De Lima thanks US Senate for unanimous consent of reso for her release, sanctions vs her jailers & EJK perpetrators


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Opposition Senator Leila M. de Lima expressed gratitude to the US Senate for the passage of a bipartisan resolution calling for her immediate release from wrongful imprisonment and invoking Global Magnitsky sanctions against her persecutors.

De Lima, the first prominent political prisoner under the Duterte administration, defined the unanimous approval of US Senate Resolution (SR) 142 as a historic moment for democracy and human rights accountability in the Philippines.

“The approval, in unanimous consent, of US Senate Resolution 142 is a watershed in the history of keeping democracy and human rights accountability in the country and the role the US play in ensuring it,” De Lima said in a handwritten statement.

SR 142, which has passed last Jan. 8, calls on President Donald Trump to impose sanctions pursuant to the Global Magnitsky Human Rights Accountability Act—such as revocation of US visas and freezing of assets—against Philippine officials and security forces responsible for “orchestrating the arrest and prolonged detention of Senator De Lima.”

The Global Magnitsky Act, which was amended in 2016, grants power to the US President to invoke visa and travel restrictions, financial sanctions and criminal charges, if necessary, to serious human rights violators from anywhere in the world.

“The case against me, apart from being fake and invented, has no internal legal consistency or integrity altogether and has been fueled by tyrannical powers and alignment of greed and political opportunism in the Philippine politics,” she said.

“That is clear since day [one],” De Lima, who has been a prisoner of conscience since 2016, stressed.

SR 142 not only condemns the Philippine government for De Lima’s wrongful imprisonment but also seeks the imposition of same sanctions against “members of security forces and Philippine officials responsible for extrajudicial killings.”

In addition, it also calls out the harassment of the Duterte administration against the media and journalists, in particular, against Rappler and its chief executive officer Maria Ressa.

De Lima thanked Senators Edward Markey, Dick Durbin, Marco Rubio, Marsha Blackburn, Chris Coons, Patrick Leahy, and Ben Cardin and other US lawmakers who supported the passage of SR 142, for their united and bipartisan efforts in advocating for her release.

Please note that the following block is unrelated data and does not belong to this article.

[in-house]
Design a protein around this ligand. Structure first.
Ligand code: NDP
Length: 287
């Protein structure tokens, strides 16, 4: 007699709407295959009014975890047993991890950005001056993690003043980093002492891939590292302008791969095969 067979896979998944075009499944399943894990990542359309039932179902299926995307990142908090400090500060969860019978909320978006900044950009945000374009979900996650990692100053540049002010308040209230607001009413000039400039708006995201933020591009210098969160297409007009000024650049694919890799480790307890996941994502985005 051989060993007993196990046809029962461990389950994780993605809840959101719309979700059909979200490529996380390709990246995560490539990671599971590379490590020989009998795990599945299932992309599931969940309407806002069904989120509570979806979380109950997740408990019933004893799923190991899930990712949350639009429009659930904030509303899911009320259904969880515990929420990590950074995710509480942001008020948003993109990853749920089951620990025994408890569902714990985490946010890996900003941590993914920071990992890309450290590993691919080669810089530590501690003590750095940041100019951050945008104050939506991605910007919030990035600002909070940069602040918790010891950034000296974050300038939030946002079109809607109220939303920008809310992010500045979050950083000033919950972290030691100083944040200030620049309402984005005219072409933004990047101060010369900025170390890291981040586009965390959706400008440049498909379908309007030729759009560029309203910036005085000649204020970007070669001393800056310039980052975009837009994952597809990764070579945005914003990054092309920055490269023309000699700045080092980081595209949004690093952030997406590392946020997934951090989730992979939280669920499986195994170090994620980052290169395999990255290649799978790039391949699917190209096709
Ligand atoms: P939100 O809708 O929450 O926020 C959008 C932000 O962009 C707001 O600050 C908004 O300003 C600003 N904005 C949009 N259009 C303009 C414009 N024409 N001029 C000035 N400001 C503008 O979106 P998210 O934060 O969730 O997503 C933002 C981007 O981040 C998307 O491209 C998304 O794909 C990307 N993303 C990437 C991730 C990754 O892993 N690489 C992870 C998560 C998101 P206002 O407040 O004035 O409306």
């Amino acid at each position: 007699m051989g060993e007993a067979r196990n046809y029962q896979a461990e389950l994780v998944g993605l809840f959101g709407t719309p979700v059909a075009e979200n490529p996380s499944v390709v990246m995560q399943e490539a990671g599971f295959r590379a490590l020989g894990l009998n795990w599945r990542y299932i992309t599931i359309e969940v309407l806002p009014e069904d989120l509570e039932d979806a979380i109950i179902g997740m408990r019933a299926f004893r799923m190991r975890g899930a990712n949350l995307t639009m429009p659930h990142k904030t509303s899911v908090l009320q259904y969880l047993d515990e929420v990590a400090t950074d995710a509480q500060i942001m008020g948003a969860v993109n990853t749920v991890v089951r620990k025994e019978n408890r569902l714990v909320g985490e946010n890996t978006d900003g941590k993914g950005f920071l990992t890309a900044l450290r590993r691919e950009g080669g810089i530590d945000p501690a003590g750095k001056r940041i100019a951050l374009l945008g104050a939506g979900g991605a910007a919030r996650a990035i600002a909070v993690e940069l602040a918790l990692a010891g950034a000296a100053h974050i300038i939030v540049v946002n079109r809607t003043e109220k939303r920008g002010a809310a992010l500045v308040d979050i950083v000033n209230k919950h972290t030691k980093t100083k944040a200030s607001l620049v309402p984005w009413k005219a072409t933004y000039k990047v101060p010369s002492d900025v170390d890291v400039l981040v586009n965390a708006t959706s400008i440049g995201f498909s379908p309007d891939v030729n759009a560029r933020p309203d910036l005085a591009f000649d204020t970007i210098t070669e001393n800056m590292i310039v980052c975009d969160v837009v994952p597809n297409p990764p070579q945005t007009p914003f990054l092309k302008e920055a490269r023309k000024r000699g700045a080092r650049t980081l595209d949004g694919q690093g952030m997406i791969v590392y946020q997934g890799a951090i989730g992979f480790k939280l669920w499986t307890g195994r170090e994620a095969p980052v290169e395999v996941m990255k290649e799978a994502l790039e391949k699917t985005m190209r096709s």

“I sincerely thank the granite resolve of Senators Durbin, Markey, Rubio, Blackburn, Coons, Leahy and Cardin, and the rest of the US Senate for standing strong and firm for the larger truths behind my persecution,” De Lima said.

For their part, the US Senators hailed the passage of SR 142 and reiterated calls for the end of both extrajudicial killings in the Philippines and human rights violations against critics of the Duterte administration.

“[T]he United States Senate makes clear that the Duterte government must end its human rights abuses,” Markey said in a statement.

“No arbitrary detention or illegitimate charge can obscure the fact that Senator De Lima, Maria Ressa, and all those who speak truth to power exemplify the highest democratic ideals,” the US Senator from Massachusetts added.

Durbin, for his part, noted that the “honorable” way forward for the Duterte regime is to ensure a “quick and credible trial for Senator de Lima or by simply do the right thing and release her.”

“In the end, these will be important tests of whether cherished democratic norms we share with our long-standing Filipino allies will be respected by President Duterte,” he added.

Last Dec. 20, Trump signed into law the US Fiscal Year 2020 State and Foreign Operations Appropriations Bill which includes a provision banning the entry of Philippine government officials involved in De Lima’s “wrongful imprisonment.”

That provision from the US Appropriations bill also sought, among others, the same prohibition on the entry of certain “officials of the governments of Turkey, Egypt or Saudi Arabia, relative to Mustafa Kassem, an American citizen imprisoned by the government of Egypt, and other cases of wrongful detention of a locally employed staff of a U.S. diplomatic mission or a U.S. citizen national.” (30)

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